If this doesn't answer your question what the difference between the two is, I'll leave that to Diana as she certainly knows much more than I do and it's possible I'm not interpreting her description of the difference correctly. =)


....If I seemed irate in my previous post. I must admit, I haven't been myself lately.

Thank you kindly for pointing out what Diana had to say. I'm sorry to say I hadn't read that post very thorough. When I saw a bunch of posts dealing with the idea that 'magick' was somehow a bad spelling, well, I basically shut that part out. I did read a few places but because I was rather annoyed by what looked like an argument, I didn't read the whole first page.

So basically, then, if I understand correctly, 'magic' is the stuff you see in shows: people being sawed in half and things of that nature. But 'magick' is, on the other hand, more on the realm of what many call sorcery or possibly witchcraft (Not 'Bewitched' style.)

I think I get it. Thanks again for helping me out with this. And again, I offer my humblest apologies if I overreacted in my previous post.


:)

Diana Hignutt
10-28-2005, 01:52 PM
It's okay, Sean. And my thanks to Kasey. At this point, we've learned enough about the Qabalah to get a tad further into understanding the reasoning behind the "k" at the end of magick. Based on the Tree of Life, we know that the numbers 1 through 10 represent the created universe. Therefore, to some, like Crowley, the number 11 represents that which is beyond the created universe, or the place of magick. Remembering from our earlier discussion that magick requires a separate dimension beyond the physical world, we can see the number 11 holds a special meaning. And don't forget that Kaph (the letter K to us) is the 11th letter in the Hebrew alphabet. Remember that in the Qabalah, letters and their numeric meaning are all important to understand the essential nature of words.

Well, I'll leave you to decide if using the "k" in a work of fiction is pretentious or not. You've read my reasons for using it. It is not widely used in fiction, and some editors almost certainly won't like it, though my books have been reviewed by some industry biggies, who had no problem with my use of the "k" spelling at all.

As in all things in life...you must make your own decision.

Now, the number 11 has a darker meaning too, but I'll give that its own post...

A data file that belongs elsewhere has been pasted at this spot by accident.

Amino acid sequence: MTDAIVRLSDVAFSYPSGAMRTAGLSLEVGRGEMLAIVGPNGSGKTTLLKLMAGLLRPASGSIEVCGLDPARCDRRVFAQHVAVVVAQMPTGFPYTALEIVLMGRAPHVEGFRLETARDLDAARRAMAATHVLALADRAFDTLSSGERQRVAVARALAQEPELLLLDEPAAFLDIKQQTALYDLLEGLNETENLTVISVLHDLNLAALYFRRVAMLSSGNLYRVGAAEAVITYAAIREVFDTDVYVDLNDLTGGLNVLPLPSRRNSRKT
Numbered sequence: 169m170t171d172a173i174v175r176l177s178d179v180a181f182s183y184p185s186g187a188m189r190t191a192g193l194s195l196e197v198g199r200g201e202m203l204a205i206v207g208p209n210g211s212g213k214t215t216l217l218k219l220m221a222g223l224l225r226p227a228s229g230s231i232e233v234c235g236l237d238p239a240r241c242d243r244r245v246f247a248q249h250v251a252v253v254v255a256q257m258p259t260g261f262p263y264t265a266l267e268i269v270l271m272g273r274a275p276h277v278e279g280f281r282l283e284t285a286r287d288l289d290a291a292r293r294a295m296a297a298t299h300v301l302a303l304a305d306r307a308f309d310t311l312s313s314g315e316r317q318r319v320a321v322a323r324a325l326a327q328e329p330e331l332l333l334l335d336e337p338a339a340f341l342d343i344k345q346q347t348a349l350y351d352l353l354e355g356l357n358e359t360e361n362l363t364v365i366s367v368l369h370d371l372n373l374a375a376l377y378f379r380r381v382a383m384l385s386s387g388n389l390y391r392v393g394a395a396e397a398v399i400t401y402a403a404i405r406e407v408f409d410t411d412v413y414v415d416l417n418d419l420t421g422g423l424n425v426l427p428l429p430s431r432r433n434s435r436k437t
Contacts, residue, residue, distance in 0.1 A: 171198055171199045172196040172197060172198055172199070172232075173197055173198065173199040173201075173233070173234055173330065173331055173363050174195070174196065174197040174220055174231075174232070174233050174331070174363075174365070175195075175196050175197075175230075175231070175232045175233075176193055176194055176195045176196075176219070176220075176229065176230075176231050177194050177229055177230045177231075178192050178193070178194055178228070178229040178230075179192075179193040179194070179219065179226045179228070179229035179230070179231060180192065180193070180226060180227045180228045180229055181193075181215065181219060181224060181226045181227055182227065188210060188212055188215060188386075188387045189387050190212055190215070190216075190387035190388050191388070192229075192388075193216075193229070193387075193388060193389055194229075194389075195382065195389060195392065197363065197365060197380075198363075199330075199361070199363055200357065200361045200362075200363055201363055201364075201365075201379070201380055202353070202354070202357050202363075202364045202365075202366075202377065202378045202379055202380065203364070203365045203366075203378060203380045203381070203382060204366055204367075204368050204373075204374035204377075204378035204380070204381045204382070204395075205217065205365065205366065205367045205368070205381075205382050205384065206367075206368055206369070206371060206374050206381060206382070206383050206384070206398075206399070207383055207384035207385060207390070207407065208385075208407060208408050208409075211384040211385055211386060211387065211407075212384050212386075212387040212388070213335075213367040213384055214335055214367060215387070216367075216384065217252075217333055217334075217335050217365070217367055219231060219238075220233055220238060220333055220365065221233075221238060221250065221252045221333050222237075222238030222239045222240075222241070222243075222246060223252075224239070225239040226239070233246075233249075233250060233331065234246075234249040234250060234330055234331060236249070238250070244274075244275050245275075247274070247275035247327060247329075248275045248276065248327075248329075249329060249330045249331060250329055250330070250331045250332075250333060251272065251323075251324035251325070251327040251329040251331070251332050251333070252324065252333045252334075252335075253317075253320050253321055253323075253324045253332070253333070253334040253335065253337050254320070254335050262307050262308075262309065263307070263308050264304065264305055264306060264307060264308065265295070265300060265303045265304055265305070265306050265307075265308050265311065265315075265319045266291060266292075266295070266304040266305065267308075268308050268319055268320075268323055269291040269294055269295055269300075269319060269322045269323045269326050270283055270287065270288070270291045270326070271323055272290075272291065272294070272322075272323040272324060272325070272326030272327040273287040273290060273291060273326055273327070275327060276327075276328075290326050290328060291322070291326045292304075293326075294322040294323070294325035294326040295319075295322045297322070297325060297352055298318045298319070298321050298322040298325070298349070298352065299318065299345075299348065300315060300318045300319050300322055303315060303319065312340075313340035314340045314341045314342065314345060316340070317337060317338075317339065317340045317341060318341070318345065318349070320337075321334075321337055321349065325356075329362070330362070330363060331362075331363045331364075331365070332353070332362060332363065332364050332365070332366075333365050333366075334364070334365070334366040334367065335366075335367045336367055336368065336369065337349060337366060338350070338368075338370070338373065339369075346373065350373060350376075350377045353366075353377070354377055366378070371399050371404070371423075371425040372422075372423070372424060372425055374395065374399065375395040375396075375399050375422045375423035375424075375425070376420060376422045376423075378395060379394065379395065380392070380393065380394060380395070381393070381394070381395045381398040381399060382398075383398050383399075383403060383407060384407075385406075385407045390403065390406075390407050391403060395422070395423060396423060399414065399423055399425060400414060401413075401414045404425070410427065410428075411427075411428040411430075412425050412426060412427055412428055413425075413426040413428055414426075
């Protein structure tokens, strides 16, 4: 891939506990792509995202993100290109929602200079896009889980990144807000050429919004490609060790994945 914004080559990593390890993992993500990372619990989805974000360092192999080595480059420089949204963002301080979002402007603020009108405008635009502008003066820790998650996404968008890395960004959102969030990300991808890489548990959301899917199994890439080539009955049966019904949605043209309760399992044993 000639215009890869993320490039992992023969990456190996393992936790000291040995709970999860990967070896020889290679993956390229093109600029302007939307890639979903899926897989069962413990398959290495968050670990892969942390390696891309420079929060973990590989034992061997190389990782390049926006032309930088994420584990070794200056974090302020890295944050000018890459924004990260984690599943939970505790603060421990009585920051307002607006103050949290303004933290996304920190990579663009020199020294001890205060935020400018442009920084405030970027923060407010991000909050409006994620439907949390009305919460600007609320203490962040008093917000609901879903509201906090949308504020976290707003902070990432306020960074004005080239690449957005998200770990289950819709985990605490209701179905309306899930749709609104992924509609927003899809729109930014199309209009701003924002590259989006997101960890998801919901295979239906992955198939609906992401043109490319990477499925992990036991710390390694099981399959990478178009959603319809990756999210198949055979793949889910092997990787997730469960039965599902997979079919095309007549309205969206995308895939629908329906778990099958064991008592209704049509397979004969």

Diana Hignutt
10-28-2005, 02:05 PM
Every thing in the universe has its lighter side and its darker side. You may have noticed that there really is no place on the Tree of Life for Evil. This certainly does not mean that evil does not exist in the Qabalah. When the universe was created, energies that had a purpose in its design and formulation, but no room in its manifestation, fell to the wayside. Below Malkuth lies the Qliphoth. Once humanity arose in creation their lofty thoughts and ideals rose up (and they still rise) into the Tree, rising as high as Tiphereth. However, the base thoughts, the unkind thoughts, the dark and evil thoughts fall from the Tree and enter the sphere of the shells of thought, of demons, and fuel and inhabit those cast aside energies left over from creation. Thus is evil attributed in the Qabalah. Since they are not on the Tree of Life, some also attribute the number 11 to the forces of evil. Hence, the very danger of magick, that the forces of chaos and evil may be drawn to the practicing magician (more on this latter). In my novel, Moonsword, my villain, the Demon, is described in this same way.

It is said to be unlucky to talk about the Qliphoth. so we'll leave it there...

Kasey Mackenzie
10-28-2005, 08:42 PM
Just to clarify cause I don't want anyone to misunderstand...I wasn't saying _I_ found it pretentious, just that it seems some people do. I have no problems with spelling it either way and can understand why some people choose to spell it with the ck. =)

And no worries, Sean. I just didn't want you to think I was berating you or anything. Maybe it was the fact I included the "er" in there, but that was more me trying to jog my own memory.

mdmkay
10-28-2005, 09:02 PM
I normally don't post when I haven't had time to read the whole thread completely but I'm sort of time right now and do have a question so if it has been answered earlier just ignore this and I'll come back to read everything when I have more time. I'm interested in the herbs, "drugs", or chemistry that certain "cults" use in the bonfires that cause or have an effect on the whole group not just certain individuals (if that makes any sense at all.)...i.e. calming, hallucinogenic,...etc type properties. I'm asking what type of herbs or chemicals... etc did they use?

Diana Hignutt